Hauraki Gulf Fishing Report - Bruce Duncan - 17/11/22

Hauraki Gulf – Capt. Swish

Yet again, it’s been a fortnight of windy, unpredictable conditions, and NIWA says this is what to expect over the coming summer – bugger.

It must be bloody frustrating for those who work all week only to have the weather turn to custard on the two days they get off. The great thing about the Auckland harbour and inner gulf is that, generally, you can find a spot to tuck in out of the wind for a sneaky wee fish.

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Playing it safe out on the water is critical. No fish is worth risking a life for, so never push the boundaries, “if in doubt, don’t go out”.

When you can safely get on the water, you tend to go to your usual spots. But to step outside your comfort zone and try different locations is how you build up a database of options. Much of my learning over the years resulted from only having small runabouts and being forced to fish areas I would not usually head for all over the inner gulf. I was constantly surprised at the amount of snapper on our doorstep, even on bright sunny days.

Fish your feet first – you don’t have to go far to catch decent Hauraki Gulf snapper now.

With the predominant wind coming from the southwest, all along the shore from Saint Heliers to the Marine Rescue Centre, it’s very fishable as you get a certain amount of shelter. The same applies from North Head right up the North Shore coast. Often you will only be in very shallow water but remember, just a few metres deep. The crabs and shellfish living in the sand and muddy bottom are the reason the fish are there.

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In these shallow waters, you must fish away from the boat by casting the baits well out astern with minimal weight so as not to spook the fish. When they pick up a bait, if they feel any real resistance, they tend to drop it. Always remember that the fish in shallow water are not in schools, just individuals grazing across the bottom, picking up and crushing crabs and shellfish.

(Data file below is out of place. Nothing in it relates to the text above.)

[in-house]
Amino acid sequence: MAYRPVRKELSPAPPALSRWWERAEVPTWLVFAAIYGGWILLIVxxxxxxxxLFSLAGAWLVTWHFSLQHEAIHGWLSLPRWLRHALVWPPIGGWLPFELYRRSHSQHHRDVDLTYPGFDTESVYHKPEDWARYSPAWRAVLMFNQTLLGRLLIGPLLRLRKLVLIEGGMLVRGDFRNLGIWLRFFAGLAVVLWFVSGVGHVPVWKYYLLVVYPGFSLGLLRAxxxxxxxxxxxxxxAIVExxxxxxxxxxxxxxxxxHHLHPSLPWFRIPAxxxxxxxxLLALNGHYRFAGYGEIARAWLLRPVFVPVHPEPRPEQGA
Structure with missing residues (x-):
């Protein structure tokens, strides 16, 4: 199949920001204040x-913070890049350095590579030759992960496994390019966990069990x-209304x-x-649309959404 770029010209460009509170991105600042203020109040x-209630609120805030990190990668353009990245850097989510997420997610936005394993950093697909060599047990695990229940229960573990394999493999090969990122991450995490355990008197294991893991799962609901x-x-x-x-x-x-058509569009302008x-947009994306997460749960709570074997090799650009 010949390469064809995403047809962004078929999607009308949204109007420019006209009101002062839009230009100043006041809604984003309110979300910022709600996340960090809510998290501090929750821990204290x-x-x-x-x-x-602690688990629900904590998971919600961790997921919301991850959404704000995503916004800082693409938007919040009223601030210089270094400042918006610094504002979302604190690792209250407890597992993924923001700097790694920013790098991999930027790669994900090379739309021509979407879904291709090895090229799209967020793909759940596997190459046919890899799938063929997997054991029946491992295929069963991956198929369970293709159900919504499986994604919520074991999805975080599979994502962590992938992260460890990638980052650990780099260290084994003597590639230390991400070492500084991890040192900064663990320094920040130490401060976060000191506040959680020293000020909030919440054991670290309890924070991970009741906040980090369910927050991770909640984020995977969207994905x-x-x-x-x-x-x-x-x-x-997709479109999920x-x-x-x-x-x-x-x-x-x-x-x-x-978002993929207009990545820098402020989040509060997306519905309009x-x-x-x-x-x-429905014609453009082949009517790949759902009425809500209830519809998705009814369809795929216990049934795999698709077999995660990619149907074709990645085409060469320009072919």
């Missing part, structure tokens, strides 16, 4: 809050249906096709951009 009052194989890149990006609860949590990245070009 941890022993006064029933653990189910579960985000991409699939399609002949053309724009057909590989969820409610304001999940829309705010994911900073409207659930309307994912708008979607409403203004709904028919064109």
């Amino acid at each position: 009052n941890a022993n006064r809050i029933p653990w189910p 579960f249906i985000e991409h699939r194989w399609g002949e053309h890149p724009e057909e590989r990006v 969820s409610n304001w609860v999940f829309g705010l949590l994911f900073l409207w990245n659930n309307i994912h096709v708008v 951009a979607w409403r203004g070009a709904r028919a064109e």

With their natural food being small, you need much smaller baits to get a hookup. Seldom do the fish pick up your offering and take off. Mostly you find they will pick up a bait and chew on it, so with small baits, when you see and feel a fish strike as the hook is in their mouth. Using burley and chopped-up ground bait pays off as it is taken by the current and, in time, draws a lot of fish back towards the boat.
Spots that I have found very productive in both winter and summer over the years are: Area 1 - Spots 3, 4, 18, and19; and Area 2 - Spots 1,2,6 and 7.

Those who have managed to fish further out to the Noises/Ahaahas area [Area 5] report good catches at either dawn or dusk on Spots 14,6 and 11.

Fishing out of Omaha recently, the weather has forced early starts before the wind kicks in. Not far off the beach, the results have been phenomenal, often catching a limit of fish within an hour. From the ramp to the spot takes 12 minutes, and it is just a matter of small baits cast well away from the boat being allowed to sink to the bottom slowly.

With the snapper feeding on shellfish, I have found a huge increase in hookups by letting the fish take the bait and only striking when there is a direct pull from the fish to the rod tip. Cut a pilchard in half, rig the head, chop the tail section into four or five small pieces, and use them as ground bait.

Being small, the current will take them well away from the boat, and in time the snapper pick them up and swim towards the source, hence the reason to cast the bait well away from the boat. Using fresh bait such as jack mackerel, kahawai, and the like will hang on the hook longer, generating a harder bite. Often just a bit of scrappy bit of skin on the hook ends up catching the biggest fish of the day!

The real success of any trip is to get home safe and sound, having had a few laughs. Don’t risk going out on the water if you are in doubt.

Bruce Duncan (Capt. Swish)

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